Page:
Thursday, July 5, 2012

bar cart rast hack.

Over the past few months, as we began to prepare for the move, Mr. Spouse was desperate for a man cave. Bless his heart, our baby apartment didn't quite provide a space for all of his sports memorabilia, cycling equipment, and general display of manhood that the guy so deserved. Almost as soon as we bought our house, we knew we wanted to convert the former owners' nursery into Mr. Spouse's office /slash/ man cave. Trading in diapers for decanters seemed rather fitting, after all.

However, just because it would now house all things manly, I wasn't about to send off for the La-Z-Boy catalog. Mr. Spouse agreed that he would enjoy more of a Mad Men style than a Meathead style. Fine by me. We started by finding a fabulous Chesterfield couch at a local consignment shop.

The sofa just oozed of that old fashioned bar feel, so we thought it would be neat to build a bar cart to be housed in the office alongside the sofa. Don Draper would be proud, we thought.

Not wanting to break the bank with this little projecto, I remembered I had seen a campaign-style Rast hack on Little Green Notebook not too long ago.

The simplistic cut of the chest along with the shiny brass would give the office/man cave a sense of vintage style while still being a vehicle to letting boys be boys.

I started off by grabbing a Rast Chest from Ikea for $34.99, laying out all of the parts, and assembling the piece.

Once assembled, I took the chest outside to paint.

Initially, I planned on painting the chest in a high-gloss orangey red. But once I got all of Mr. Spouse's manly memorabilia into the room, I realized that was going to clash with way too many things. Call me safe, but I decided that a super high gloss black would be the most classic and best thing for the space. So two coats of Rustoleum's High Gloss Black later, the chest was looking so 1950's man cave-esque.

While the paint was drying, I ran to Home Depot to grab up some brass finishings for the cart. Coming in at 2 George Washington's each, I bought three pairs of brass pulls...

...three sets of brass corner braces for $2.00 each...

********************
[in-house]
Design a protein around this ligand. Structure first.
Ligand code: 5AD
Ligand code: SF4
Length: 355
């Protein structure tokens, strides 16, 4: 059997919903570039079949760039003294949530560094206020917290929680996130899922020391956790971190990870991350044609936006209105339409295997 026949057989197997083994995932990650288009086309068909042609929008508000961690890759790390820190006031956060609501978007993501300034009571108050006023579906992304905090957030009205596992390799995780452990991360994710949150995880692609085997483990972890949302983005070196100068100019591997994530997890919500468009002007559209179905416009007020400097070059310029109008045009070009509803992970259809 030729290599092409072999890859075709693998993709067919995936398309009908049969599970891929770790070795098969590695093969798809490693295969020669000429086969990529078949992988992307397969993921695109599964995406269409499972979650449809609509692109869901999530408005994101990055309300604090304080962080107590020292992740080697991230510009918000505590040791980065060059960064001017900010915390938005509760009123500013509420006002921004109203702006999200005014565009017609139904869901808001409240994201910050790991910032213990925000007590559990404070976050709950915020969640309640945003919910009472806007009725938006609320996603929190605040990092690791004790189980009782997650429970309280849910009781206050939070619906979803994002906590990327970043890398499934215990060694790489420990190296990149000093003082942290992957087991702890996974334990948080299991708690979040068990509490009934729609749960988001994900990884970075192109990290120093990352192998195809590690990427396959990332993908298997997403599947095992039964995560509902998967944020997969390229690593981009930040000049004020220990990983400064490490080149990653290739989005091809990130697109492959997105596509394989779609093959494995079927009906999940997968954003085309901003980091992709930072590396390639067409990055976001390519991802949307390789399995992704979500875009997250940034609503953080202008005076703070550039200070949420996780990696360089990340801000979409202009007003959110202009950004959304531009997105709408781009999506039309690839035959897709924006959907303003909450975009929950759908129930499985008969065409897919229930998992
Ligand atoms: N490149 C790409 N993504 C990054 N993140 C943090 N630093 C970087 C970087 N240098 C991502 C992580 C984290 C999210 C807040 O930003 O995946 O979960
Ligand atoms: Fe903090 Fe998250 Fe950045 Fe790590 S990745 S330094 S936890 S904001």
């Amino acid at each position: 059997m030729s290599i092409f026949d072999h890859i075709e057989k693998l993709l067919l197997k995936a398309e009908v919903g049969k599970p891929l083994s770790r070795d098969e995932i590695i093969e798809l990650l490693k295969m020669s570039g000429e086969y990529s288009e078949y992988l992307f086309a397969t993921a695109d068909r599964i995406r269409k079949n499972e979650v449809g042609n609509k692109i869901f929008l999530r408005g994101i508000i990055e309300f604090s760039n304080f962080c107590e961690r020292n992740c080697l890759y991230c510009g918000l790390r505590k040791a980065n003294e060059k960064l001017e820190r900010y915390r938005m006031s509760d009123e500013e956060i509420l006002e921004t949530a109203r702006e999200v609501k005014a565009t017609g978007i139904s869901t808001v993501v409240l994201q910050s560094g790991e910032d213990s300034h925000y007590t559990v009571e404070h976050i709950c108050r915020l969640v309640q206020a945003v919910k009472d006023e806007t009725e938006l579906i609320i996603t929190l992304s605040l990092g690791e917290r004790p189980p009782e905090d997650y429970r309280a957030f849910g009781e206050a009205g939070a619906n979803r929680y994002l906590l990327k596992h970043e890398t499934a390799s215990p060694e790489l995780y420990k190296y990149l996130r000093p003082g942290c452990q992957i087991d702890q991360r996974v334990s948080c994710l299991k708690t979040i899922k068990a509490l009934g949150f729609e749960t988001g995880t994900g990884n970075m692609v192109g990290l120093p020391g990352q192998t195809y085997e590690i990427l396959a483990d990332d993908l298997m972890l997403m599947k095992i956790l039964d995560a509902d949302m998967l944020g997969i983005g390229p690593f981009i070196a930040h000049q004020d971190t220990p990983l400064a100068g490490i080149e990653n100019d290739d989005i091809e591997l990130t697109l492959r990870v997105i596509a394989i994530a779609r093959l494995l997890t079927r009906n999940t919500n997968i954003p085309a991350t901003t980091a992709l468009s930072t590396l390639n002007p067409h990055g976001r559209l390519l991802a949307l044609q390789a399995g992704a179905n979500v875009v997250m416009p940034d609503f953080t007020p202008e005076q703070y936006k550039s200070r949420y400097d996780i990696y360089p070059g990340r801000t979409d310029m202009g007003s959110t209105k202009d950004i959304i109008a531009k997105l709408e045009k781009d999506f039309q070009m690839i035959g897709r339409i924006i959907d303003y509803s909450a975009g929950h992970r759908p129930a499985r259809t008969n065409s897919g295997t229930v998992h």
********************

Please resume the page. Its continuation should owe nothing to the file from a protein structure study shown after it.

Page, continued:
...and four brass casters for $3.00 each.

After having let the paint cure for 48 hours, I began applying all of the brass goodies. I started by attaching the pulls. As these pulls would simply be covering the hole originally intended for the wood knob by Ikea, I did not have to fill any holes or anything. I simply measured three inches from the top of each drawer to insure that all of the pulls would be attached at the same height:

...and used the included screws to affix the pull to the drawer.

I loved the scroll detail the pulls gave to the otherwise clean, crisp drawers!

I then began attaching the corner braces to the front and sides of the chest to give it more of a campaign flavor.

I loved how they really brought a sharp, masculine feel to the glossy, smoothy paint:

My last step was to attach the brass casters to the chest in order to take the piece from chest to cart. Since the chest was not a completely solid bottom, I was only able to use three out of four screws to affix the casters. As this piece will not be holding too much weight, I felt that this would be perfectly stable.

To say Mr. Spouse was plum smitten with the results would be quite the understatement.

All the cart needed were the decanters Mr. Spouse inherited from his grandfather and some martini glasses:

I think the men of Sterling, Draper, Price would be quite pleased with our little $60.00 bar cart, don't you? I can't wait to share the rest of Mr. Spouse's surprisingly stylish man cave with y'all!

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